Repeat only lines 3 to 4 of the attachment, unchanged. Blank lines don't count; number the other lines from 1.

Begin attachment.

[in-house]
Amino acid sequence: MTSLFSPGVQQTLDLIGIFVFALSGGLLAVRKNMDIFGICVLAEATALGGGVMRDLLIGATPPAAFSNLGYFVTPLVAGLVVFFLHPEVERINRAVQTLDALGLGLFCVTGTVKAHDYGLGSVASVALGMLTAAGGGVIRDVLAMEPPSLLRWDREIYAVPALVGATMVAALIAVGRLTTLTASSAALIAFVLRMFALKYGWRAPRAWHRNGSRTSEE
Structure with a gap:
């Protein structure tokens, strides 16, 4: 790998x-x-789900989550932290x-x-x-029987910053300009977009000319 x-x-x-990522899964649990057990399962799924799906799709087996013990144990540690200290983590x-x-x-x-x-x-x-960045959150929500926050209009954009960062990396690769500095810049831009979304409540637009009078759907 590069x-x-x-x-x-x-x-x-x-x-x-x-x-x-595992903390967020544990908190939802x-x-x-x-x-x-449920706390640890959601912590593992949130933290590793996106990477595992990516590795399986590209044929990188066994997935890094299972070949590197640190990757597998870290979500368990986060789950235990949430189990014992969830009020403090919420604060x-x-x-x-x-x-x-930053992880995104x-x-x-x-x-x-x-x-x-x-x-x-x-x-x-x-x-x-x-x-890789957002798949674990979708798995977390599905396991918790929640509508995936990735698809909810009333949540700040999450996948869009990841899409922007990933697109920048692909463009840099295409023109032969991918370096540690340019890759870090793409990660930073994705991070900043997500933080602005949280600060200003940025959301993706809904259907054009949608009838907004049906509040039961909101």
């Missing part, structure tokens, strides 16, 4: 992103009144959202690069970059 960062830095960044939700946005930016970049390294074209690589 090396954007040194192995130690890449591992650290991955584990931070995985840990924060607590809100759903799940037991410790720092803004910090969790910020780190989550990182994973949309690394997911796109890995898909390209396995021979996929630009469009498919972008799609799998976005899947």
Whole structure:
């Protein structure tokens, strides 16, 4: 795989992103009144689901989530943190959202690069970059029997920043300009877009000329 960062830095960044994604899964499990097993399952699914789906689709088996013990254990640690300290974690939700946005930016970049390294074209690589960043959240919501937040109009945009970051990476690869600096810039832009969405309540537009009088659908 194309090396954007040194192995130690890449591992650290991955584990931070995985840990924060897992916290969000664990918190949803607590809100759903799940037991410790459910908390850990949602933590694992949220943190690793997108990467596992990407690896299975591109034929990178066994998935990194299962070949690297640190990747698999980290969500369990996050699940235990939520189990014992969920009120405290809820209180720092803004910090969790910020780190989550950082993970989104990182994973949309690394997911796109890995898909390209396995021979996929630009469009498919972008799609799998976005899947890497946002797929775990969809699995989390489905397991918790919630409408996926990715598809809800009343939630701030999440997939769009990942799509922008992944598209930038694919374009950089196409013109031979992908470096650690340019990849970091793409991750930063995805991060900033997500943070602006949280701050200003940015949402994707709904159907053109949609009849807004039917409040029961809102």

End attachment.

Structure with a gap:
């Protein structure tokens, strides 16, 4: 790998x-x-789900989550932290x-x-x-029987910053300009977009000319 x-x-x-990522899964649990057990399962799924799906799709087996013990144990540690200290983590x-x-x-x-x-x-x-960045959150929500926050209009954009960062990396690769500095810049831009979304409540637009009078759907 590069x-x-x-x-x-x-x-x-x-x-x-x-x-x-595992903390967020544990908190939802x-x-x-x-x-x-449920706390640890959601912590593992949130933290590793996106990477595992990516590795399986590209044929990188066994997935890094299972070949590197640190990757597998870290979500368990986060789950235990949430189990014992969830009020403090919420604060x-x-x-x-x-x-x-930053992880995104x-x-x-x-x-x-x-x-x-x-x-x-x-x-x-x-x-x-x-x-890789957002798949674990979708798995977390599905396991918790929640509508995936990735698809909810009333949540700040999450996948869009990841899409922007990933697109920048692909463009840099295409023109032969991918370096540690340019890759870090793409990660930073994705991070900043997500933080602005949280600060200003940025959301993706809904259907054009949608009838907004049906509040039961909101």